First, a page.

What if everyone joined together on world water projects?

If everyone worked together, what could be accomplished?

The World Water Center's
web site is international in scope
and free to all.

The World Water Center is dedicated to promoting partnerships between many types of organizations who wish to work together on water.
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Press Release

Marilynn Deane Mendell

World Water Center - LIVE
Provides an Inventory and Best Practices of all World Water Projects
Organizes, Rates, and Unites

Washington, D.C., May 16, 2006 - Marilynn Deane Mendell launches the World Water Center. After working with water agencies and charitable organizations, World Water Center President Mendell says, “there’s a serious need for the world to have a central database of world water projects, water events and conferences, as well as a best practices water rating system that is independent and not controlled by a single income source, government or corporate entity.  Water organizations in the business of cleaning and making water safe for the world need to have access to reliable, sustainable and accountable water projects.” 

The World Water Center brings together environmentalists, governments, academia, scientists, community service and faith-based organizations, foundations and water industry technology corporations by providing a clearinghouse for water projects and informing the public about the most effective water projects throughout the world. The World Water Center’s expert panel reviews water projects using a proprietary best practices rating system that evaluates sustainability, accountability, appropriateness, partnerships, environmental impact and cost effectiveness.  Mendell plans to work closely with Rotary clubs worldwide to populate the World Water Center’s web site’s database.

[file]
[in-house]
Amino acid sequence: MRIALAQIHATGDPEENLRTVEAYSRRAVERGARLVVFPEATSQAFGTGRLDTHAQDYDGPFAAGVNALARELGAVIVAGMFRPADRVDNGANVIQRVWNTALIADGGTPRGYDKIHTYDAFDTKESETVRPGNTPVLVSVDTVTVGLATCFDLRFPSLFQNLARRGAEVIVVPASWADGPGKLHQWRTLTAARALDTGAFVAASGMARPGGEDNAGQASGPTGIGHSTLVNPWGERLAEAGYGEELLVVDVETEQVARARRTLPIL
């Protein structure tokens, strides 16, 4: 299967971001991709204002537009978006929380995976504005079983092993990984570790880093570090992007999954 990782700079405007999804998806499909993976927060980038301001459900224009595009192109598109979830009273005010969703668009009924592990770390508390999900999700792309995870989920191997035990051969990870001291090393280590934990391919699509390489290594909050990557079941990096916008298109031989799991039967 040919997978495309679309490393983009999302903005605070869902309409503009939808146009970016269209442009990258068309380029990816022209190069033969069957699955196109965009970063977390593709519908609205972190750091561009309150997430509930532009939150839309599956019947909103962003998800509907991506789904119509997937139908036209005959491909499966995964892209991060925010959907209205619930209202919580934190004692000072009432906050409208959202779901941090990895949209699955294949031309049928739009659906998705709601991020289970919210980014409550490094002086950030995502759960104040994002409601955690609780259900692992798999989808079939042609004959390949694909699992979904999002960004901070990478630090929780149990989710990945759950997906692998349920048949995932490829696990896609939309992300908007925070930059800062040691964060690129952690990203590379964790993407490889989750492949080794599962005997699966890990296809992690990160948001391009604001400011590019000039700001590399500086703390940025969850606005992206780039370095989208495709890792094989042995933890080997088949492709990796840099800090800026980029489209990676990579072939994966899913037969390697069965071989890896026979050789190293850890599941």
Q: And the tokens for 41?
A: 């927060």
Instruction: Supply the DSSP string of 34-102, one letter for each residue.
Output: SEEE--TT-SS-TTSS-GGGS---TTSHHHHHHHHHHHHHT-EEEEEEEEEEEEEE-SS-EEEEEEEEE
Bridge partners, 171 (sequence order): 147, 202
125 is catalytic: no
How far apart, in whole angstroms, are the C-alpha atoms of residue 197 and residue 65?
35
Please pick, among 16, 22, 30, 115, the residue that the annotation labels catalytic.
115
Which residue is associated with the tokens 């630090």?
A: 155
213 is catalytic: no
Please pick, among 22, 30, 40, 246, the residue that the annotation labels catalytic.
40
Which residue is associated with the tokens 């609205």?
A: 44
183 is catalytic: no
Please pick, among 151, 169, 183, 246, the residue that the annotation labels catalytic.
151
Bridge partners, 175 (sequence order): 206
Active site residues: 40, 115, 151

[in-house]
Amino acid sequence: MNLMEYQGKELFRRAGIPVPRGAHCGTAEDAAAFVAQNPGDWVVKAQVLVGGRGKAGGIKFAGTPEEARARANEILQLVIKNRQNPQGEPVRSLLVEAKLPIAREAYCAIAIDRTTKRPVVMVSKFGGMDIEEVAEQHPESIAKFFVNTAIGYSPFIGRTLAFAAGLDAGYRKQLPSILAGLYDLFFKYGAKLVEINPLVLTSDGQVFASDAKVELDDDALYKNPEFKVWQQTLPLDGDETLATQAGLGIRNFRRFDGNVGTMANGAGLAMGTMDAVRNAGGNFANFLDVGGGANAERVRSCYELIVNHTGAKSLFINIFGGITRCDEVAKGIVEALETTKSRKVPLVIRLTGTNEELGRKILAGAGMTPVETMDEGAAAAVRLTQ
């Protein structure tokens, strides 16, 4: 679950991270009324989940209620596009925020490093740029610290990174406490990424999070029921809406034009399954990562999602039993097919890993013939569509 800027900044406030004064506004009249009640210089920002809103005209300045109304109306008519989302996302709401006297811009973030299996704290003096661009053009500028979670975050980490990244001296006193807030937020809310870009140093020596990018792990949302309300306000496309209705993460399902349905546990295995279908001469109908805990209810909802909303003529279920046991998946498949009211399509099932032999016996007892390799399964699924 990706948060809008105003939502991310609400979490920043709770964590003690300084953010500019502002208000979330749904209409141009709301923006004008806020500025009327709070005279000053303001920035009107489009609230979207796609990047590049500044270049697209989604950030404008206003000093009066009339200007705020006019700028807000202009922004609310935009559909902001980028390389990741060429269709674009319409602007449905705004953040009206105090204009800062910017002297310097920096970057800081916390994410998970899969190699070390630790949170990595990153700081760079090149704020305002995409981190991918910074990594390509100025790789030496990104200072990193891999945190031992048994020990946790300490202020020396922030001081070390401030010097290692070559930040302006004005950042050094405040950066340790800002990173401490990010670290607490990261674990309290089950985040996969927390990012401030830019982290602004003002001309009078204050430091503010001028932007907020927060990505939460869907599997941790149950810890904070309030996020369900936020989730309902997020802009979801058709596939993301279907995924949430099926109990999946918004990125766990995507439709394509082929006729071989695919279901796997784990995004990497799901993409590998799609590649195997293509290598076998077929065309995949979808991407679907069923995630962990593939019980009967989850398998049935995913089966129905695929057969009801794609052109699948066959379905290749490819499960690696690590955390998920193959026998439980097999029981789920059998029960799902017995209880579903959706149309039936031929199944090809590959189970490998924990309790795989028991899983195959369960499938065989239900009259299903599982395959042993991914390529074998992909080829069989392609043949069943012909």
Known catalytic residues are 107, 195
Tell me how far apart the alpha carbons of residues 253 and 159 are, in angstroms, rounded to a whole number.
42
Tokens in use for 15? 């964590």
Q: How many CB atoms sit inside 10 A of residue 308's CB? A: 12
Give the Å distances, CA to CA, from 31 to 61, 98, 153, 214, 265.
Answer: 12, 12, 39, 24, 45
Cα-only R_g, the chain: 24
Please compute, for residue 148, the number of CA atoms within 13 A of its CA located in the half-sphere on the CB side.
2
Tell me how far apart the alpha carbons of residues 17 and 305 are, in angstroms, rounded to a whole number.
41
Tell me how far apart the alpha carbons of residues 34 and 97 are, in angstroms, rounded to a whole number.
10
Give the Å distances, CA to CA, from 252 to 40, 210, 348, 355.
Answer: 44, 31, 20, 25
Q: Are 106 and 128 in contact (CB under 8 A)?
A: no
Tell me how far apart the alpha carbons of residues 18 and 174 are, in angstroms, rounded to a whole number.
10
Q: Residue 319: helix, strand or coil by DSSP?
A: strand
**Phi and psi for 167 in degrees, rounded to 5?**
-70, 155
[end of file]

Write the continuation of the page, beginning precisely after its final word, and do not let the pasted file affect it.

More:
Today people say “clean and safe” water because not all water that is clean is safe.  Mendell takes her vision from such greats as Martin Luther King, Gandhi, Margaret Mead, and Rachel Carson and proclaims, “we need a world with clean and safe water for all: plants, fish, animals and humans. Water-related problems impact the entire food chain and the problem is inclusive not exclusive. Water is life and it is life for all.”

Trillions of dollars flow into water projects ranging in size from giant dams to tiny sand filters. “The world needs to cut the redundancies, the well-intentioned projects that don’t work, and the charlatans. As the ‘we’re going to run out of water’ fear factor escalates, and as 8,000 people a day die from water related diseases and dehydration, it is imperative to unite the water world and begin a best practices rating system for all world water projects,” says Mendell. 

The World Water Center sees the cup half full and the impossible dream of “clean and safe water for all by 2015” as a reachable possibility. 

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